By the time, six years later when I was diagnosed; there was significant damage to my esophagus and lungs.

My GI specialist was first one to suggest Scleroderma and finally diagnosed in Northwestern University in Chicago. I agree with suggestions by Pamela and Jeannie for second opinion.

I was able to improve function of esophagus by going through partial fundoplication surgery.


Kind regards,

 

Kamlesh

 

 

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Hello Jen

 

I'm with getting a 2nd opinion particularly as it will be from a doctor well versed in sclero. The doctor that you saw at least agreed to monitor you and see you again in 3 months which is actually quite good, however, you have the opportunity of a 2nd opinion and you should most defenitely get one. At least you'll have more confidence in the outcome whatever it may be.

 

Take care.


Amanda Thorpe

ISN Sclero Forums Senior Support Specialist

ISN Video Presentations Manager

ISN Blogger

(Retired) ISN Sclero Forums Assistant Manager

(Retired) ISN Email Support Specialist

International Scleroderma Network (ISN)

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Jen, I agree with the others, KEEP your appointment at Johns Hopkins. I go there and the doctors and staff are WONDERFUL. I always get a complete going over and they NEVER rush me or make me feel stupid for asking questions. I have to travel about 300 miles one way to get there, but it WELL WORTH IT to see a doctor that is well versed in this disease. As I'm sure you have learned from us, this disease can be very differrent from person to person. Good luck and keep us informed :)


Peace :)

Barbara aka relicmom1

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Hi Jen

 

I'm in on this too...always get another opinion if you feel any hesitation....and as Sweet said, keep going if that one doesn't satisfy you either. Amanda has a great point too....if he's willing to monitor you, it's worth it should any new symptoms pop up, nothing lost by keeping him in your pocket? Try to remember that any of these autoimmune diseases can take what seems to be forever to diagnose sometimes because they are usually rare and the symptoms present themselves differently in many people. ANA can't diagnose scleroderma fully because you need other clinical symptoms present to do that along with the bloodwork (like the ANA, plus 2 symptoms in the CREST for Limited Scleroderma). Sometimes, you can show symptoms and not show anything in your bloodwork too....that's why it's so hard to pin things down. Did you bloodwork reveal anything at all?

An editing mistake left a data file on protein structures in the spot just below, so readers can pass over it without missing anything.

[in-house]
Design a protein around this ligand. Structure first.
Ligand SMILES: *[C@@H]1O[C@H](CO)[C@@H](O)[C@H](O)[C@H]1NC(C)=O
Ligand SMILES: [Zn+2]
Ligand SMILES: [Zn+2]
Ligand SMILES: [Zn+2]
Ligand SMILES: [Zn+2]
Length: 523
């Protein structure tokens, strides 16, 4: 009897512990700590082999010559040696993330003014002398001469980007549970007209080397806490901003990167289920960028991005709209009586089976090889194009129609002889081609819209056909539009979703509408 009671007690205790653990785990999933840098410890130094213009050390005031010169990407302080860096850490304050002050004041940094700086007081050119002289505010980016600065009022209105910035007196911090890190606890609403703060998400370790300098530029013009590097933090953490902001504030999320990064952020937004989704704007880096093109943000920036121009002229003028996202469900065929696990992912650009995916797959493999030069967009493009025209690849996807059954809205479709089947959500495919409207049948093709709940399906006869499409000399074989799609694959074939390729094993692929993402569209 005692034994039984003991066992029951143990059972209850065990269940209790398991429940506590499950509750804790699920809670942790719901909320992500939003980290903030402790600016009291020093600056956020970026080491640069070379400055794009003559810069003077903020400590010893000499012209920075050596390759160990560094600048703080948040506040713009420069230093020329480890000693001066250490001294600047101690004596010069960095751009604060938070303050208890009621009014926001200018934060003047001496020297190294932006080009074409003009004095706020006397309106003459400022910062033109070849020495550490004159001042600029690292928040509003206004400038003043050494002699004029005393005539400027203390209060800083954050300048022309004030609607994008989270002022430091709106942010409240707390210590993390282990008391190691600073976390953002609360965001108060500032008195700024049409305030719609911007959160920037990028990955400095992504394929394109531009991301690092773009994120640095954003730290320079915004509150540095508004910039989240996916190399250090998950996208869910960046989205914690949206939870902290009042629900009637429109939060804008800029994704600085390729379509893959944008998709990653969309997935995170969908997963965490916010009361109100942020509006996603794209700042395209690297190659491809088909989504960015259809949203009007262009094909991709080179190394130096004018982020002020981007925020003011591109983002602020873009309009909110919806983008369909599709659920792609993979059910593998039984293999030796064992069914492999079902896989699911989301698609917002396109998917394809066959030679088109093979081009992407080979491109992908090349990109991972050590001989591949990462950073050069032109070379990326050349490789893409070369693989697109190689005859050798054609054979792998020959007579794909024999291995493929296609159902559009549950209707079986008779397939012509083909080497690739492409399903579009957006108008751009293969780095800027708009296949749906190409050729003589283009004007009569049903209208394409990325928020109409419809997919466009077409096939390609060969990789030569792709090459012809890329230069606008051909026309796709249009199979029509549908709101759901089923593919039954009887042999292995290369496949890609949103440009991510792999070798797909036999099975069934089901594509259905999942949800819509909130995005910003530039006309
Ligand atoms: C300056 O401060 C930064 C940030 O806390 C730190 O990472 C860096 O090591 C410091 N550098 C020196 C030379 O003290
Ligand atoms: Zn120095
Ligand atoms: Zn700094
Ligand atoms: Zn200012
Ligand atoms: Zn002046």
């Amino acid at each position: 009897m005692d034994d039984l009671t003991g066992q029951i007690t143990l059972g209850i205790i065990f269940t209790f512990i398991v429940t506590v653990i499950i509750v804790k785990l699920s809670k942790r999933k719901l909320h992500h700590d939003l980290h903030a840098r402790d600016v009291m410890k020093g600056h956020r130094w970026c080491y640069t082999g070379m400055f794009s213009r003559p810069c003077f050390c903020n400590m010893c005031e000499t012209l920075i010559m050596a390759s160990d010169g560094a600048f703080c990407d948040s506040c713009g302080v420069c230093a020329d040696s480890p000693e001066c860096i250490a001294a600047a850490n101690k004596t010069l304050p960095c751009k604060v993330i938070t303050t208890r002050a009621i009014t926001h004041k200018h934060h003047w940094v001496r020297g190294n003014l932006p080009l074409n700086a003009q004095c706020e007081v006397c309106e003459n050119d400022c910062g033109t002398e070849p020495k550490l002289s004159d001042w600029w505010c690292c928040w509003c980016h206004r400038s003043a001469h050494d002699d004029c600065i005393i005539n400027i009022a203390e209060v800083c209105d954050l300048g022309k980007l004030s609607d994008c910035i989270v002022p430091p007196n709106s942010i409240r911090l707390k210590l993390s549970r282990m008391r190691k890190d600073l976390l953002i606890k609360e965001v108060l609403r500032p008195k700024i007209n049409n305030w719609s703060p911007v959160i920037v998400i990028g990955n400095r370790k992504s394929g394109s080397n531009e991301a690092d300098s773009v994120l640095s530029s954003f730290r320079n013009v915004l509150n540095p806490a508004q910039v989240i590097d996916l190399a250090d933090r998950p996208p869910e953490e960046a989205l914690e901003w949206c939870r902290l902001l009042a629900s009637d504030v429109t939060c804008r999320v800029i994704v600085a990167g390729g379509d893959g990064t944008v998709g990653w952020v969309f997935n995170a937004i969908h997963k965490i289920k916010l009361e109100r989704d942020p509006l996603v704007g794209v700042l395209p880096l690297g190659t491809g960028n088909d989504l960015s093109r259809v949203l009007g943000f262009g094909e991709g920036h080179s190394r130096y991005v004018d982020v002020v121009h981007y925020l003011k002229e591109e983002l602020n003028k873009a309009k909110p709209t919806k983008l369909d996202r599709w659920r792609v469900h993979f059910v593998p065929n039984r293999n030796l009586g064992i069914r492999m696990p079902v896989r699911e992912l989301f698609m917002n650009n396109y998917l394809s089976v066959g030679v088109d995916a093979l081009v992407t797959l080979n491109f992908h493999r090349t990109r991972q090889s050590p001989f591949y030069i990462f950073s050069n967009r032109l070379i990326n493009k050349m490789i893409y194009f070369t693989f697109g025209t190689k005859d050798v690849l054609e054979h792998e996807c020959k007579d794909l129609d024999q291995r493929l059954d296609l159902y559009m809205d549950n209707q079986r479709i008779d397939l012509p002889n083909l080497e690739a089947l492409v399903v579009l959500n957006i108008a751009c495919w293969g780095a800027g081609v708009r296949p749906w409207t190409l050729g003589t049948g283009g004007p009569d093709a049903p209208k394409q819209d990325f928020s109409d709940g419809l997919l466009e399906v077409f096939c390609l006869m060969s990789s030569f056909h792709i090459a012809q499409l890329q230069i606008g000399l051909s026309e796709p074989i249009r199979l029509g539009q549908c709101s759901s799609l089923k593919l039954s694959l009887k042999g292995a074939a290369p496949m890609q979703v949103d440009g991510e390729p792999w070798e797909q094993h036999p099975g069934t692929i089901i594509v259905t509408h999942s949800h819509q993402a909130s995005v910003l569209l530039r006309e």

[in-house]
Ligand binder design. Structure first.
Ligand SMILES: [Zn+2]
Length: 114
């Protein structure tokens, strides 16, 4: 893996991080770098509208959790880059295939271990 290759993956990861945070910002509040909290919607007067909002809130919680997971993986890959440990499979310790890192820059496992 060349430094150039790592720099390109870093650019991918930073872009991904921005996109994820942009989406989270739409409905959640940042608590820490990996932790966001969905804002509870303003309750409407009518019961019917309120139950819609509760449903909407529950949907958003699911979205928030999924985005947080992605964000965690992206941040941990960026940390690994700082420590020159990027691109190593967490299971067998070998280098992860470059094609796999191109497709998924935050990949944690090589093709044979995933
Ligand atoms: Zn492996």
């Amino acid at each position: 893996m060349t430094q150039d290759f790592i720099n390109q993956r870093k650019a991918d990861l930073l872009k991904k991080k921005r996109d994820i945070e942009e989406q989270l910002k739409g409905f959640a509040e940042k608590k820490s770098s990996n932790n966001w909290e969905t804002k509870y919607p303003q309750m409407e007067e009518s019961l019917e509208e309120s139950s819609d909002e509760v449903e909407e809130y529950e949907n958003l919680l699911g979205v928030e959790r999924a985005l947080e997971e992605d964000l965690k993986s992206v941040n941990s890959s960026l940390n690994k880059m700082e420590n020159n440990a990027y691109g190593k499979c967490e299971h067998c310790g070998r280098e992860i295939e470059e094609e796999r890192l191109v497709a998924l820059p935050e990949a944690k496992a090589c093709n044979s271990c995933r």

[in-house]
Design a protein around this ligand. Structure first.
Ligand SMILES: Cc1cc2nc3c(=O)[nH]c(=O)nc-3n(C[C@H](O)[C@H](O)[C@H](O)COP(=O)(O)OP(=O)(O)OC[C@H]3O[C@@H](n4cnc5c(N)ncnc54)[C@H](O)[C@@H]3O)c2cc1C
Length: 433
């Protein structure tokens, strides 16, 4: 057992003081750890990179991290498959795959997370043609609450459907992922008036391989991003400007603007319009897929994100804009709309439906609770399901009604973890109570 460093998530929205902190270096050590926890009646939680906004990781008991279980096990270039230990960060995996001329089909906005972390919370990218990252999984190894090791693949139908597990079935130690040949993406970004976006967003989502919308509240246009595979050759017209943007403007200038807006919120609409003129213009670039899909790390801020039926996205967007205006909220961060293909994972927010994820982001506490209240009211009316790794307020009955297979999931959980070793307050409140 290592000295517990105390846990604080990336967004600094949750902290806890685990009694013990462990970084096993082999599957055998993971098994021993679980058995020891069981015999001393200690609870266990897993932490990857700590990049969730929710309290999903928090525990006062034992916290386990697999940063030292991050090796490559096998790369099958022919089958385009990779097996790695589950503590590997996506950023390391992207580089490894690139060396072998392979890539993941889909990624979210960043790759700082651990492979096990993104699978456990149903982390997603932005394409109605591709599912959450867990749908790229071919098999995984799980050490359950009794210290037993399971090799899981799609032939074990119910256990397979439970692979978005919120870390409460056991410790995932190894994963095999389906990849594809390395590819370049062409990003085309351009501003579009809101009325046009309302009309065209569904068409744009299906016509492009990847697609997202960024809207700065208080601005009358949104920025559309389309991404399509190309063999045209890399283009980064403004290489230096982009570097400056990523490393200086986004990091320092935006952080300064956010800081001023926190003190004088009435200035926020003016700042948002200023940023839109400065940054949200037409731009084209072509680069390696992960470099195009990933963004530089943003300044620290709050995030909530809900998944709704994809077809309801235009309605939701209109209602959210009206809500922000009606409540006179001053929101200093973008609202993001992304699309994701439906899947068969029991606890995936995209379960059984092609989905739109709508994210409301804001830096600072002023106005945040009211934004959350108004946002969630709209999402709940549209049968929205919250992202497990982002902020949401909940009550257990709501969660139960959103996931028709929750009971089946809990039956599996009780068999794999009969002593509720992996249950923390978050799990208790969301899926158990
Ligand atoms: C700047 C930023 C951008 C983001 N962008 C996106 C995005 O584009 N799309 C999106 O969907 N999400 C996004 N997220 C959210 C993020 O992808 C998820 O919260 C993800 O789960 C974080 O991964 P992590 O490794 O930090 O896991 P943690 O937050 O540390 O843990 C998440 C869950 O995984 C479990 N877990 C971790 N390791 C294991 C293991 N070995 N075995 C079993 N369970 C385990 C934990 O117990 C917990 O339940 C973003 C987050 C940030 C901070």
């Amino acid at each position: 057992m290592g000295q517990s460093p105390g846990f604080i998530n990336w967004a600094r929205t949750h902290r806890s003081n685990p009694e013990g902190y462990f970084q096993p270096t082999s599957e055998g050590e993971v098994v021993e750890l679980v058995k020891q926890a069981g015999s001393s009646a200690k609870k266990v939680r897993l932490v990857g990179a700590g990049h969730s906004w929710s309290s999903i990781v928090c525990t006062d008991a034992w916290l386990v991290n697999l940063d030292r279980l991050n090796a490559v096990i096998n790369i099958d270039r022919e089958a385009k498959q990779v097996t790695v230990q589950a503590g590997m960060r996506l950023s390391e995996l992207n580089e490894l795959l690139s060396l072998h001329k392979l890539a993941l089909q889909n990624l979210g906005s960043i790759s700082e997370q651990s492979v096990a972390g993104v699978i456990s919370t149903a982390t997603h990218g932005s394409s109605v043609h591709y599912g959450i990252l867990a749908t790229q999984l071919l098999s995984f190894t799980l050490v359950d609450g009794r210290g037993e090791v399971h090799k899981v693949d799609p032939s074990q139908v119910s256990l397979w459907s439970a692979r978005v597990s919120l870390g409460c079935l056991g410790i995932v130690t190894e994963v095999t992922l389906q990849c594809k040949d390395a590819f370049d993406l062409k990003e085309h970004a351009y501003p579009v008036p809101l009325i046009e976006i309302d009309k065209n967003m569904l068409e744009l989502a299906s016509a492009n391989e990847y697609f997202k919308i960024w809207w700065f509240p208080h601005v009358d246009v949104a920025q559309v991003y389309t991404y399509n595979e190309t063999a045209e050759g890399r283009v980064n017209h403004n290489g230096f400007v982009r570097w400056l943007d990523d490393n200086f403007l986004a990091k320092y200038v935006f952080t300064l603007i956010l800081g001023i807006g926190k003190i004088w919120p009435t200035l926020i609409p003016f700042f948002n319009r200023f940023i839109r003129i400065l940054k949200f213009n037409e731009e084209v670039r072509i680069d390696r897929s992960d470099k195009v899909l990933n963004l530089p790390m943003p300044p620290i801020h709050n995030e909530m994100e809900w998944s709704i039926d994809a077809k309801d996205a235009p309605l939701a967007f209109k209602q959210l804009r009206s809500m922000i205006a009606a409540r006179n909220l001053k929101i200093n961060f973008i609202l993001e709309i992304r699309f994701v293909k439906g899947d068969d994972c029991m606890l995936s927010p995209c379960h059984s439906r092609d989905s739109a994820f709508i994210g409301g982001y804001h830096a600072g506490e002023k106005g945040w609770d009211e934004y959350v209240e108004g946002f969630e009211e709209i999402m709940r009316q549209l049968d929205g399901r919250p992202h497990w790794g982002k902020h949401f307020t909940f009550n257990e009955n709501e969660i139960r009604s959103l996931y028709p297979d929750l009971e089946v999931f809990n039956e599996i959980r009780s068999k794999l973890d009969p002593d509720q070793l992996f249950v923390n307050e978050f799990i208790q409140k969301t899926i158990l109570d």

Sending good wishes your way!

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Hi Jene,

 

I agree you should keep the appointment with Johns Hopkins. I'd just caution that it should not be in hopes of a scleroderma diagnoses in the absence of any other symptoms. Perhaps they could even rule scleroderma out as a cause or identify something else that it causing it.

 

In any event, it's not going to hurt to get an expert opinion and, if it is scleroderma, they might pick up on other symptoms that your medical team has missed.


Warm Hugs,

 

Shelley Ensz

Founder and President

International Scleroderma Network (ISN)

Hotline and Donations: 1-800-564-7099

 

The most important thing in the world to know about scleroderma is sclero.org.

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Jen,

 

Persistence is the key with this or any other autoimmune disease. You are not crazy, you just haven't found someone who is willing to take the time and patience to pick through all the data and make sense of it. I find it helpful to go in with a list of things I am concerned about/what to know about and I keep at it until the doctor gives me some kind of a response, even if it is "I don't know". I also always take someone else with me because 4 ears are better than 2.

 

Good luck and keep plugging along. It does take forever to get in to see the specialists we need to see.

 

Jill